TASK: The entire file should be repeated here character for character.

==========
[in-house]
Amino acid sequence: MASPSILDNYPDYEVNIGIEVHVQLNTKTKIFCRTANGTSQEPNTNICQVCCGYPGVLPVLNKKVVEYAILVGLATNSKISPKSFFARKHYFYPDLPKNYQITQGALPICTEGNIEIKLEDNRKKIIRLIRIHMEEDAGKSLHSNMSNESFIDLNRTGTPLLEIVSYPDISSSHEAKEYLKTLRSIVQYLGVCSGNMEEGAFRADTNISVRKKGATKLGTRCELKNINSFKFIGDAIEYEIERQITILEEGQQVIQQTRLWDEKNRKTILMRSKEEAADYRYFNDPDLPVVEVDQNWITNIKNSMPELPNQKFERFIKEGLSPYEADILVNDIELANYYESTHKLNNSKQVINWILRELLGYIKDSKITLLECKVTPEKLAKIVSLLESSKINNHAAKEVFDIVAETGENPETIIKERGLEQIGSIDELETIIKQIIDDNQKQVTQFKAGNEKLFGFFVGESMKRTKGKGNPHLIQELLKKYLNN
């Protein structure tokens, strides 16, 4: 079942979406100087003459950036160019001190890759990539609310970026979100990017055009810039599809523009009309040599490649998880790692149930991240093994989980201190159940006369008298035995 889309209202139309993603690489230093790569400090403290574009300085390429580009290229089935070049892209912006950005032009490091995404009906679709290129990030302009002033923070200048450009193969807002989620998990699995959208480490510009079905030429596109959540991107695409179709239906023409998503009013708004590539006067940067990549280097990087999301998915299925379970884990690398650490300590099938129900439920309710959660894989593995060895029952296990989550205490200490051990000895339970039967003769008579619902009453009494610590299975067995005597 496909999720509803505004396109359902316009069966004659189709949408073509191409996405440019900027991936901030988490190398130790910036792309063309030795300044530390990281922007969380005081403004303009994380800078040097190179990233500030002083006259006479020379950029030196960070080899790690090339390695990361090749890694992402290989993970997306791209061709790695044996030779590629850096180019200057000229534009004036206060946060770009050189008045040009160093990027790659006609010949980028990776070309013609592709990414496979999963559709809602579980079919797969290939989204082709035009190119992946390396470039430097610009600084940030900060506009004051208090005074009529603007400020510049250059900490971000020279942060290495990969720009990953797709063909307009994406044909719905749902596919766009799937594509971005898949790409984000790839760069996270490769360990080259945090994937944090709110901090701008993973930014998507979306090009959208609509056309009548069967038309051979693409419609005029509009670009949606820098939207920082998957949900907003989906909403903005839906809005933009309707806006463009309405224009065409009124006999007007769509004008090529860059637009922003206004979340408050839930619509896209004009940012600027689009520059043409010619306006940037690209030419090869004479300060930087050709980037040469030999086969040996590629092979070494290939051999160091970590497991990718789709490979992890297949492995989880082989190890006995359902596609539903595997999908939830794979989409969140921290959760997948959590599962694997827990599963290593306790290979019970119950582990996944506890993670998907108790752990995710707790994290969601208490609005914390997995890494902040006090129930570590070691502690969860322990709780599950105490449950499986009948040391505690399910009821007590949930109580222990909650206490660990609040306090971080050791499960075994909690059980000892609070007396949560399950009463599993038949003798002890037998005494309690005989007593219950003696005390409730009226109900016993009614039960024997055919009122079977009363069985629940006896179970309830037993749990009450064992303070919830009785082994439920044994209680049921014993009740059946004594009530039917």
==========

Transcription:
[in-house]
Amino acid sequence: MASPSILDNYPDYEVNIGIEVHVQLNTKTKIFCRTANGTSQEPNTNICQVCCGYPGVLPVLNKKVVEYAILVGLATNSKISPKSFFARKHYFYPDLPKNYQITQGALPICTEGNIEIKLEDNRKKIIRLIRIHMEEDAGKSLHSNMSNESFIDLNRTGTPLLEIVSYPDISSSHEAKEYLKTLRSIVQYLGVCSGNMEEGAFRADTNISVRKKGATKLGTRCELKNINSFKFIGDAIEYEIERQITILEEGQQVIQQTRLWDEKNRKTILMRSKEEAADYRYFNDPDLPVVEVDQNWITNIKNSMPELPNQKFERFIKEGLSPYEADILVNDIELANYYESTHKLNNSKQVINWILRELLGYIKDSKITLLECKVTPEKLAKIVSLLESSKINNHAAKEVFDIVAETGENPETIIKERGLEQIGSIDELETIIKQIIDDNQKQVTQFKAGNEKLFGFFVGESMKRTKGKGNPHLIQELLKKYLNN
């Protein structure tokens, strides 16, 4: 079942979406100087003459950036160019001190890759990539609310970026979100990017055009810039599809523009009309040599490649998880790692149930991240093994989980201190159940006369008298035995 889309209202139309993603690489230093790569400090403290574009300085390429580009290229089935070049892209912006950005032009490091995404009906679709290129990030302009002033923070200048450009193969807002989620998990699995959208480490510009079905030429596109959540991107695409179709239906023409998503009013708004590539006067940067990549280097990087999301998915299925379970884990690398650490300590099938129900439920309710959660894989593995060895029952296990989550205490200490051990000895339970039967003769008579619902009453009494610590299975067995005597 496909999720509803505004396109359902316009069966004659189709949408073509191409996405440019900027991936901030988490190398130790910036792309063309030795300044530390990281922007969380005081403004303009994380800078040097190179990233500030002083006259006479020379950029030196960070080899790690090339390695990361090749890694992402290989993970997306791209061709790695044996030779590629850096180019200057000229534009004036206060946060770009050189008045040009160093990027790659006609010949980028990776070309013609592709990414496979999963559709809602579980079919797969290939989204082709035009190119992946390396470039430097610009600084940030900060506009004051208090005074009529603007400020510049250059900490971000020279942060290495990969720009990953797709063909307009994406044909719905749902596919766009799937594509971005898949790409984000790839760069996270490769360990080259945090994937944090709110901090701008993973930014998507979306090009959208609509056309009548069967038309051979693409419609005029509009670009949606820098939207920082998957949900907003989906909403903005839906809005933009309707806006463009309405224009065409009124006999007007769509004008090529860059637009922003206004979340408050839930619509896209004009940012600027689009520059043409010619306006940037690209030419090869004479300060930087050709980037040469030999086969040996590629092979070494290939051999160091970590497991990718789709490979992890297949492995989880082989190890006995359902596609539903595997999908939830794979989409969140921290959760997948959590599962694997827990599963290593306790290979019970119950582990996944506890993670998907108790752990995710707790994290969601208490609005914390997995890494902040006090129930570590070691502690969860322990709780599950105490449950499986009948040391505690399910009821007590949930109580222990909650206490660990609040306090971080050791499960075994909690059980000892609070007396949560399950009463599993038949003798002890037998005494309690005989007593219950003696005390409730009226109900016993009614039960024997055919009122079977009363069985629940006896179970309830037993749990009450064992303070919830009785082994439920044994209680049921014993009740059946004594009530039917």